'I am one in a million' CUF reportCUF banner jpg

Church Urban Fund launches a groundbreaking study raising the voice of the young unemployed.

 
As official statistics show UK unemployment rising to 2.67m people, Church Urban Fund highlights the impact of unemployment on young people.
 
Today’s employment figures sadly confirm that youth unemployment is at a record high. Over a million young people in the UK are now officially out of work.
 
To coincide with the desperate outlook for unemployed young people, the Church Urban Fund, a Church of England charity working to tackle poverty in England, is launching a groundbreaking report ‘I am one in a million’, highlighting the issue of youth unemployment, by voicing the stories of young people with first-hand experience.
 
This unique research is based on the outcomes of 18 focus groups with young people who have first-hand experience of unemployment. The focus groups were recently conducted throughout England, and were facilitated by Church Urban Fund with Frontier Youth Trust, working in partnership with Churches Together in England.
 
The reports key findings are:
 
·         The experiences of these young people show that unemployment undermines young people’s self-confidence and sense of purpose, and stigmatises them.
·         The emotional, practical and financial support provided by family and friends is highly valued by young people.
·         Young people feel that employers are failing to acknowledge and fulfil their responsibilities.
·         Churches could and should be doing more, by raising awareness about youth unemployment and tackling the problem in their local community.
 
The report calls on local churches to take a lead by hosting listening workshops so that young people’s stories can be heard as a first step towards taking practical action.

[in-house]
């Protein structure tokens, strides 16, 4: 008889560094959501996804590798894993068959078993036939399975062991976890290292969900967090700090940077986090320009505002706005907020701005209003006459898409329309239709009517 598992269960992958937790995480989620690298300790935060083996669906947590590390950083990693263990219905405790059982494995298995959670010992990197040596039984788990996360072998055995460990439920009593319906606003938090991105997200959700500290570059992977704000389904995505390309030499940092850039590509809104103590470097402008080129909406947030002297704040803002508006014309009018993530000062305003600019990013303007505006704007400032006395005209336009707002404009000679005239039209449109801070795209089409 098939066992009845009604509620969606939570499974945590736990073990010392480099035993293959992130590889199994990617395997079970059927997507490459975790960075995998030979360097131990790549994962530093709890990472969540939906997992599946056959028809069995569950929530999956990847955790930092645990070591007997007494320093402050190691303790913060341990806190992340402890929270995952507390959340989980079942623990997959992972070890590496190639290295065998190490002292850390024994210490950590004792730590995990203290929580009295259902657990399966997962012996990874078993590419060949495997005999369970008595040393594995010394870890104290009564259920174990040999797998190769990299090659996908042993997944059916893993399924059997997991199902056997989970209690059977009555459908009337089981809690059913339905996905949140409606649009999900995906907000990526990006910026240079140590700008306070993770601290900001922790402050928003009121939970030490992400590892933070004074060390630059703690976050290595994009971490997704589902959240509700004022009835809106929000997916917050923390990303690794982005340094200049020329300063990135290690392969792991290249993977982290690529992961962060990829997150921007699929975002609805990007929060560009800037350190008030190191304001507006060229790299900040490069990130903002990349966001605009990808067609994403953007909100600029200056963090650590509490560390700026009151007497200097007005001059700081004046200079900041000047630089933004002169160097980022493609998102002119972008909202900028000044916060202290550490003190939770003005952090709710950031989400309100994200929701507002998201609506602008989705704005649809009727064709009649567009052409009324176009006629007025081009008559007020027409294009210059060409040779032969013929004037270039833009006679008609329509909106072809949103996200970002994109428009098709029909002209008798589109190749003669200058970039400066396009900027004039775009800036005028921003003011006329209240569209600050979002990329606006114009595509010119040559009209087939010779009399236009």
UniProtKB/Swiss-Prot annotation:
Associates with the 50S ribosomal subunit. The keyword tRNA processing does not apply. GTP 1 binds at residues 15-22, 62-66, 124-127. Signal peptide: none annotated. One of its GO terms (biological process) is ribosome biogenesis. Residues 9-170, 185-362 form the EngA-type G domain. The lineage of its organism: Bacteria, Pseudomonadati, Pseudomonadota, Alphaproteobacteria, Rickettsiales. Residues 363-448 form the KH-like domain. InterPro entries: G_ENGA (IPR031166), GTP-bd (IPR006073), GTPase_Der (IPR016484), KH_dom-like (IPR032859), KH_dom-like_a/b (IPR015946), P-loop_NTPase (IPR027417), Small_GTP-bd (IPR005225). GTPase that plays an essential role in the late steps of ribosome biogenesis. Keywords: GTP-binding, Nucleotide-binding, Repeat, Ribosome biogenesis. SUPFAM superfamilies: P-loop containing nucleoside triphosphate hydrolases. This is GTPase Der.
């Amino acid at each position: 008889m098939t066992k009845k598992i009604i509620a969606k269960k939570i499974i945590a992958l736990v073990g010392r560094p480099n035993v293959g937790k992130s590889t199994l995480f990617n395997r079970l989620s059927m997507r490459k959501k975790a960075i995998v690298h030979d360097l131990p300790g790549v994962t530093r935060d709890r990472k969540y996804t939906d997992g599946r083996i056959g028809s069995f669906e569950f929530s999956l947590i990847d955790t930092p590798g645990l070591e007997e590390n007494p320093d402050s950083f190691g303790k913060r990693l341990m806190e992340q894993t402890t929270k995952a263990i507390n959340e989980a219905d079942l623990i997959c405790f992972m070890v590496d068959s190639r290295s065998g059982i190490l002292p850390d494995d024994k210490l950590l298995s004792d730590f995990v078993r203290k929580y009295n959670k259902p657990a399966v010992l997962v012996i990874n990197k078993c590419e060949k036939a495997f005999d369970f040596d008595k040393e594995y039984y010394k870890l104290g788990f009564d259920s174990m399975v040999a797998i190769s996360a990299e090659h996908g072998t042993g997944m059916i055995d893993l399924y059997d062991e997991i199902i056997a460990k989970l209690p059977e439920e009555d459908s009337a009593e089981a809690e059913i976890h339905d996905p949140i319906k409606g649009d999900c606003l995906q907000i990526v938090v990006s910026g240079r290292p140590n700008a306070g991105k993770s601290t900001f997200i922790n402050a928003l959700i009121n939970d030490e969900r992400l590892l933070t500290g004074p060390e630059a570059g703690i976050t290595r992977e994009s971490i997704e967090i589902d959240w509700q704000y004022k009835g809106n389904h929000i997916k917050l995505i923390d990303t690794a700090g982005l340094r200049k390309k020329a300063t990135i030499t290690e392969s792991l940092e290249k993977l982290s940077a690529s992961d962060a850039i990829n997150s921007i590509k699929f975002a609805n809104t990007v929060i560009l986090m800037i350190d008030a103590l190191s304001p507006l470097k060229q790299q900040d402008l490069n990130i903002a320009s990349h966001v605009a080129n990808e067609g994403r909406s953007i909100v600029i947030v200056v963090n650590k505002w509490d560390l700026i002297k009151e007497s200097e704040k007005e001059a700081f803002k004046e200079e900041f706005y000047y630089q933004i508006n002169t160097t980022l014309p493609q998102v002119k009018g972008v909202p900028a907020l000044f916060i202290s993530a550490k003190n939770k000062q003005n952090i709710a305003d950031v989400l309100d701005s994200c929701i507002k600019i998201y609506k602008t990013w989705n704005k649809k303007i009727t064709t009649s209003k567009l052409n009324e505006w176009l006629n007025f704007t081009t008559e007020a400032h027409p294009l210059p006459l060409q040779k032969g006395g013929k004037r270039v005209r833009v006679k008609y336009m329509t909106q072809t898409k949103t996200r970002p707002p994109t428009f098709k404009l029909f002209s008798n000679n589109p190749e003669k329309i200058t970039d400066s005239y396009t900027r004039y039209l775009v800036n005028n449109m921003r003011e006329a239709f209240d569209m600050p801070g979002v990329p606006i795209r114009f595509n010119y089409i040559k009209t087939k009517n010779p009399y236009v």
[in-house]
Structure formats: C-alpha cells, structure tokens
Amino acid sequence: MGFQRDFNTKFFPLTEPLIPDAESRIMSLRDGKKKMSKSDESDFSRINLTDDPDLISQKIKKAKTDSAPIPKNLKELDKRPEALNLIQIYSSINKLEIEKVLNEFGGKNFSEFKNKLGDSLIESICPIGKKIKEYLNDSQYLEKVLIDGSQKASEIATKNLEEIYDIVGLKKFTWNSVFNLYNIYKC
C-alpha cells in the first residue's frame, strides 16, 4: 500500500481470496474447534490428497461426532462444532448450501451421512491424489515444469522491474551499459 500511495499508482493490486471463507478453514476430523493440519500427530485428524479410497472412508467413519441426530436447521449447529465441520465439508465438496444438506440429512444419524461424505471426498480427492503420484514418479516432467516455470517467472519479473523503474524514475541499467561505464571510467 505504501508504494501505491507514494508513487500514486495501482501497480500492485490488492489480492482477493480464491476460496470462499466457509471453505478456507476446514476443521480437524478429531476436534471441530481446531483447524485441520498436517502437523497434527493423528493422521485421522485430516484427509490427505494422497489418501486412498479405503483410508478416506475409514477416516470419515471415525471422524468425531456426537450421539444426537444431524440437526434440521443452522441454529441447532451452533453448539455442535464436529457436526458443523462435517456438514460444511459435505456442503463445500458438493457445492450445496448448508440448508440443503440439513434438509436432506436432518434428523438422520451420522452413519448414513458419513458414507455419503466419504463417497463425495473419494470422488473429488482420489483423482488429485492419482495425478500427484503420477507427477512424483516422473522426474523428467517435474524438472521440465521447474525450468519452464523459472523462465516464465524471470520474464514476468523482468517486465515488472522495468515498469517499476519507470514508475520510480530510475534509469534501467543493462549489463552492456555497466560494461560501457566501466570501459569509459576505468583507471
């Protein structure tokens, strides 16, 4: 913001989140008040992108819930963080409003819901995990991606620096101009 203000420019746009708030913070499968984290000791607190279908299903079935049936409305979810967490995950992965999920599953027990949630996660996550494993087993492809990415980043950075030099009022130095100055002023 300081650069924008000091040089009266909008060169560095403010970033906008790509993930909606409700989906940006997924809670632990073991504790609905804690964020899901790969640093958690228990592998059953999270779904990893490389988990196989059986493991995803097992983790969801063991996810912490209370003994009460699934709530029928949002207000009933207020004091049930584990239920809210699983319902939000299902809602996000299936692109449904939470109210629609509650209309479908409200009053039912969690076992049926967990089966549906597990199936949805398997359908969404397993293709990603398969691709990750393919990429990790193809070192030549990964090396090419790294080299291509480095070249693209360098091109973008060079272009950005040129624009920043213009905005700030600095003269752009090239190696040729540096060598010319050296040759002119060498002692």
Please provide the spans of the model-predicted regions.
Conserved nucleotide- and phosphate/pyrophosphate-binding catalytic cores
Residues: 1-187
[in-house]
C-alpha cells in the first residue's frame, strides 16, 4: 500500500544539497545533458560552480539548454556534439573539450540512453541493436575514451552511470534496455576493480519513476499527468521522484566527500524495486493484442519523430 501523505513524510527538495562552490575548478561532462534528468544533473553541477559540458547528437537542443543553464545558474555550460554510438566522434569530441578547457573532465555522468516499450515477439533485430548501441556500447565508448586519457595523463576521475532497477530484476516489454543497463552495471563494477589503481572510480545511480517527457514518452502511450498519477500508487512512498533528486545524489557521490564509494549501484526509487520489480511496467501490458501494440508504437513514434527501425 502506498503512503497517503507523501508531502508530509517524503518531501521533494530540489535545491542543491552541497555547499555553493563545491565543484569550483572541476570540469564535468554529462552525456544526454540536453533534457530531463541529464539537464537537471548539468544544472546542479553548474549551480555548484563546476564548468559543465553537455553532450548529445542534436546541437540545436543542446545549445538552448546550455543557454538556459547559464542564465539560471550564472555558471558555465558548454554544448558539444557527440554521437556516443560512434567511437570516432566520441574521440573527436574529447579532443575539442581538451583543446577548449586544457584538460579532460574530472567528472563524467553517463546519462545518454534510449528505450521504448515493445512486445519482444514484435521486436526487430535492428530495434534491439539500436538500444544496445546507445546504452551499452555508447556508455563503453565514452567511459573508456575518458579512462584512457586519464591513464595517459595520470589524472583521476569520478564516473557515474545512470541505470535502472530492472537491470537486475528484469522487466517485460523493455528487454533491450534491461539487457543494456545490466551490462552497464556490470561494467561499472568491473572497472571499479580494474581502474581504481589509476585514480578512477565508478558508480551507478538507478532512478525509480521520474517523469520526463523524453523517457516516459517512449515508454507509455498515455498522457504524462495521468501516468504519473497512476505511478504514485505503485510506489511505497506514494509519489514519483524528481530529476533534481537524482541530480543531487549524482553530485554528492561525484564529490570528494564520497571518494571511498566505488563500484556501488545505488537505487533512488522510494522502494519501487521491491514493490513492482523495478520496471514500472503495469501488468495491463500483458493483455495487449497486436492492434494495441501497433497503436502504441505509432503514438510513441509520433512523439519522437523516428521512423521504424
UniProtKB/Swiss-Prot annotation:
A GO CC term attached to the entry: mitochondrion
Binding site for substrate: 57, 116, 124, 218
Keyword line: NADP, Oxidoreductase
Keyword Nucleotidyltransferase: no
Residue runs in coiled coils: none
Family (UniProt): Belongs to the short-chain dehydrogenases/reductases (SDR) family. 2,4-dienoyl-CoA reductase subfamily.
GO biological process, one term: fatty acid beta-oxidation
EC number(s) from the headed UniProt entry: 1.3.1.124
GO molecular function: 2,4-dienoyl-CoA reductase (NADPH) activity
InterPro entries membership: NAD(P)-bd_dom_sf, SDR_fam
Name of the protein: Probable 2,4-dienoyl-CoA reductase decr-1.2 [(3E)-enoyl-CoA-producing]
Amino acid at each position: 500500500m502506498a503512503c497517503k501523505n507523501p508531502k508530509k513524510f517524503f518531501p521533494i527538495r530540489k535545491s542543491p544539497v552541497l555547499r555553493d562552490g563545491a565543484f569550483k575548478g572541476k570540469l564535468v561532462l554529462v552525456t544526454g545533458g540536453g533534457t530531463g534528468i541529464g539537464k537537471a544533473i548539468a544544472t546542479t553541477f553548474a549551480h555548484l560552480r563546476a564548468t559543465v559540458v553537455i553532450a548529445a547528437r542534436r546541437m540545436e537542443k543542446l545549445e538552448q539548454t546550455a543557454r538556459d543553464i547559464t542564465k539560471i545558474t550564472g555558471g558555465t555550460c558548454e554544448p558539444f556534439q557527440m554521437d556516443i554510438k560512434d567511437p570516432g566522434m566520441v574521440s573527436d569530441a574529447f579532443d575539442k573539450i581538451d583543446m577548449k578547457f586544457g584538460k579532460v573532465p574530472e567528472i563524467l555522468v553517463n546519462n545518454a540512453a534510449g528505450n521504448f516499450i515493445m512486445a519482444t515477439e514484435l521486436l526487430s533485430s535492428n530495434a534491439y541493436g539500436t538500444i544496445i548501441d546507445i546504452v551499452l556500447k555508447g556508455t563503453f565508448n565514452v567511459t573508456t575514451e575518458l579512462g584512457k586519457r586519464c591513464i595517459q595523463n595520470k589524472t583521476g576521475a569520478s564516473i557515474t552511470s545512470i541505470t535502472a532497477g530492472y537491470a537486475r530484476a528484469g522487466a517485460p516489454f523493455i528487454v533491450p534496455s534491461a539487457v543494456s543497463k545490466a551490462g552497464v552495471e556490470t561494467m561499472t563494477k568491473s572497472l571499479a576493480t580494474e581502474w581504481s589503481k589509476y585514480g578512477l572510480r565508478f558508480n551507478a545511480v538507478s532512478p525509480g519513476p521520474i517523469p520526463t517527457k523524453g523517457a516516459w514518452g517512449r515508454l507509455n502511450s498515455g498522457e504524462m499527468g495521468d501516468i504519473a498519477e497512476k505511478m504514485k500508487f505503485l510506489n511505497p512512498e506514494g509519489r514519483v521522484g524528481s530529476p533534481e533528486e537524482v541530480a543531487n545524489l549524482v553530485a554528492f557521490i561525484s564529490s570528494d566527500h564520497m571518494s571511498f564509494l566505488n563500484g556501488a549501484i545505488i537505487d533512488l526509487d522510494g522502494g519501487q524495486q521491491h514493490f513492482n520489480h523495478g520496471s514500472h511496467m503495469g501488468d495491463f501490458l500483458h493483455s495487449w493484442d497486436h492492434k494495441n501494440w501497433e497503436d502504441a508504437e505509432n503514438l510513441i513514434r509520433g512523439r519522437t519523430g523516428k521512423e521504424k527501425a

Paul Hackwood, the Chair of Trustees at Church Urban Fund said:
 
There are some excellent initiatives that demonstrate what can be done using the people, buildings, and social capital available to churches and faith-based groups. These range from mentoring schemes, offering one-to-one support to young people, through to creative arts projects to help unemployed young people learn new skills and explore different career options.”
 
Bishop Roger Sainsbury, Chair of Churches Together in England Urban Affairs Group and President of Frontier Youth Trust, said:
 
“Youth unemployment is one of the biggest challenges we face in our nation today and unless it is tackled in a positive way the implications, particularly for our urban areas, are very serious. It is vital we listen to the voices of young people and that is why I believe this youth unemployment research is so important.”
 
Debbie Garden, Frontier Youth Trust, said:
 
“We know that young people from deprived backgrounds are disproportionately represented in these statistics. For young people starting with diminished aspirations, the added impact of unemployment on self-esteem and hope for the future is an especially cruel and damaging blow. Please join with us in working to understand and address these issues.”
 
The report also calls on churches and faith-based organisations to play a more supportive role in keeping the issue high up the national agenda, and to set a good example in their own employment practices, disseminating good practice, campaigning on issues relating to youth unemployment, and exploring innovative solutions such as Job Centre chaplains.
 
 
Notes to Editors:
 
A copy of the full report is available as a free download from www.cuf.org.uk/research
 
 
For further information please contact:                Church Urban Fund Media Team
                                                                                                CUF@luther.co.uk
                                                                                                0207 618 9177
 
About Church Urban Fund:
 
Church Urban Fund is a Church of England charity working to tackle poverty in England. It was established in 1987.
 
Church Urban Fund works with over 300 community projects. These projects offer debt counselling, family support, children’s after-school and breakfast clubs, parenting advice, addiction advice and residential treatment, mental health support, food banks, help with re-housing, advocacy, befriending and mentoring with young people, job clubs and skills training, community development and support for elderly or disabled people.
 
For further information please go to www.cuf.org.uk.
 

 

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Jim Currin, 15/03/2012
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